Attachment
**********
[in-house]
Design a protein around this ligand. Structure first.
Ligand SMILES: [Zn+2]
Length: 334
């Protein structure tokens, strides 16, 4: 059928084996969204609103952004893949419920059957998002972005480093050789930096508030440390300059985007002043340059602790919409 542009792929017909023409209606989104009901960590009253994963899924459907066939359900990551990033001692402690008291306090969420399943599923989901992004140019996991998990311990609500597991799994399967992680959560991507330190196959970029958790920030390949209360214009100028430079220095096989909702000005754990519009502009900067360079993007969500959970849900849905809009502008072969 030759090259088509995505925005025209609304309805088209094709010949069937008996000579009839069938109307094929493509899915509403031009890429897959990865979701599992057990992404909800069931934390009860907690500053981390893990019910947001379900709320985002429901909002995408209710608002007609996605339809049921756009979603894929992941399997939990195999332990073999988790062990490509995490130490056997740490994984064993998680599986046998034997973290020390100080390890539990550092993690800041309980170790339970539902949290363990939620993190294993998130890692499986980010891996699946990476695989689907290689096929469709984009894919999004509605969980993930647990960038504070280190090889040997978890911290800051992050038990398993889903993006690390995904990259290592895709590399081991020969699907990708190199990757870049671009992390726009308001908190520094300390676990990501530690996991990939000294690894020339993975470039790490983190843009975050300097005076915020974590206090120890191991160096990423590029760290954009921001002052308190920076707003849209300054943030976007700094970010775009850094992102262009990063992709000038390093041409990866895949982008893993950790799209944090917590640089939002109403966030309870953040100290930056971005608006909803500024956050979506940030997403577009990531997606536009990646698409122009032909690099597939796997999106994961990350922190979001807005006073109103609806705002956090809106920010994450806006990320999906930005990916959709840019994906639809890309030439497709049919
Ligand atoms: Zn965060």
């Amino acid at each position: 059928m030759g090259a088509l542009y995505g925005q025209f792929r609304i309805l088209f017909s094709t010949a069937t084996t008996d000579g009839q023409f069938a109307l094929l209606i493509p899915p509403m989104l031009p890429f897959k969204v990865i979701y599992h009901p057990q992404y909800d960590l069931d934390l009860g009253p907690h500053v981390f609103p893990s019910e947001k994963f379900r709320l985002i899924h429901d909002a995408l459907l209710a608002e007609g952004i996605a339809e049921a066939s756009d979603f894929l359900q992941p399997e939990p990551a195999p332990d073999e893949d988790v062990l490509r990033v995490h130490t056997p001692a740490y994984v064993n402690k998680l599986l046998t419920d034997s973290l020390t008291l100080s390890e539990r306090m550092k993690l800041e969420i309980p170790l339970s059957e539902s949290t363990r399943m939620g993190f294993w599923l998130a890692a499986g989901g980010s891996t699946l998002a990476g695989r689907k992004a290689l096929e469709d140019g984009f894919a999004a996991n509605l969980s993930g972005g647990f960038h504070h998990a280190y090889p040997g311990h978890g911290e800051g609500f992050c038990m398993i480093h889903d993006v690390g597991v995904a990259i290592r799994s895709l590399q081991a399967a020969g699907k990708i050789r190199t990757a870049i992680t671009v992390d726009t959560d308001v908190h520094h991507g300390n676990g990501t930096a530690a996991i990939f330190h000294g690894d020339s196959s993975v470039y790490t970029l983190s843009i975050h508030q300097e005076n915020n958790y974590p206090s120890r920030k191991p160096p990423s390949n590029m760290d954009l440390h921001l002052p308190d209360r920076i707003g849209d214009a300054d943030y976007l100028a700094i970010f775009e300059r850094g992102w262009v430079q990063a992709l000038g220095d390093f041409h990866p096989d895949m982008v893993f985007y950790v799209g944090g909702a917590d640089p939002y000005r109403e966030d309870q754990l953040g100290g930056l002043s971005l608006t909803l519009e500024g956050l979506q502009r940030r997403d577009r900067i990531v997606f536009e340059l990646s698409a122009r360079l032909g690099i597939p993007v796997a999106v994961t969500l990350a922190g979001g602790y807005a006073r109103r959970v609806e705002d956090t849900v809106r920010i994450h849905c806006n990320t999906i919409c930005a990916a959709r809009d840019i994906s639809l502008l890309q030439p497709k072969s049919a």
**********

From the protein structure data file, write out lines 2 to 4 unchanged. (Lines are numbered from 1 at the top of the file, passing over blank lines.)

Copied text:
Design a protein around this ligand. Structure first.
Ligand SMILES: [Zn+2]
Length: 334